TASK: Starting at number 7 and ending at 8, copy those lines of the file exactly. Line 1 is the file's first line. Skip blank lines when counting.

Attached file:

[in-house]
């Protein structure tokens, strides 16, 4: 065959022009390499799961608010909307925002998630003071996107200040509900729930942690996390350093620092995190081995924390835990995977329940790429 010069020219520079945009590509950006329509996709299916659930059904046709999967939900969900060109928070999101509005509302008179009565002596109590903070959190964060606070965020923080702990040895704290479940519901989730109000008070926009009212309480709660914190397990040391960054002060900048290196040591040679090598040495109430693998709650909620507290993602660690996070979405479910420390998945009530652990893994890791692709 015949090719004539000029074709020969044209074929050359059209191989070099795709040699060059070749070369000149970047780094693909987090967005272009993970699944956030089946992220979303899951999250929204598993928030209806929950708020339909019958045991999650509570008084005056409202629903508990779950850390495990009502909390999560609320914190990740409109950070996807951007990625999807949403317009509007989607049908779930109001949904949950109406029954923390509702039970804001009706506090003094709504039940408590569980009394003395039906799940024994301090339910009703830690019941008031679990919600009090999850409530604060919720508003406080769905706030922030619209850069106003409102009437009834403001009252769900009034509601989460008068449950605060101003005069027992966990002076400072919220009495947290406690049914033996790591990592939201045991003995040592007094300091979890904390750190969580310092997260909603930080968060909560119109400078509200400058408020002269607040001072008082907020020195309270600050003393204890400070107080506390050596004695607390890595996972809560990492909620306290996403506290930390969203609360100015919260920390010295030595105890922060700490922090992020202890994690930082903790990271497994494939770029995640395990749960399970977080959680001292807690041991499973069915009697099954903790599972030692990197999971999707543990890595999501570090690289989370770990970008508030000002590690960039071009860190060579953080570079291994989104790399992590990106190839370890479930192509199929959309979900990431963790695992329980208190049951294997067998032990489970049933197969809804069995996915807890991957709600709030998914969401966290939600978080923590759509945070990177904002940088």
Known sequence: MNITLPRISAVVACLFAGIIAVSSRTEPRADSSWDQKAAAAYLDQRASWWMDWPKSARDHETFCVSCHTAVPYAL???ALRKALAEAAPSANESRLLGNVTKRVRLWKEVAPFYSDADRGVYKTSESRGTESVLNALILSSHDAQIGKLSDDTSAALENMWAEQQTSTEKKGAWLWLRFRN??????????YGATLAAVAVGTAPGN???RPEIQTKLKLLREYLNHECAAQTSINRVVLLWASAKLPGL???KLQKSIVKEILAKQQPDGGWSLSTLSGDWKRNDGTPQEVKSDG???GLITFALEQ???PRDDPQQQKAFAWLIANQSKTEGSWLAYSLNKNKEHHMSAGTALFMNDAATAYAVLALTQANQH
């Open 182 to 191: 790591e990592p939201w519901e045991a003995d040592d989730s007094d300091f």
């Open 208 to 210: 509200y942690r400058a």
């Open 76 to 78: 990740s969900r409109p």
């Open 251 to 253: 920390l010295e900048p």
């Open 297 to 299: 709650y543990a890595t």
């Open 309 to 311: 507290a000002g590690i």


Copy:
């Open 251 to 253: 920390l010295e900048p």
């Open 297 to 299: 709650y543990a890595t």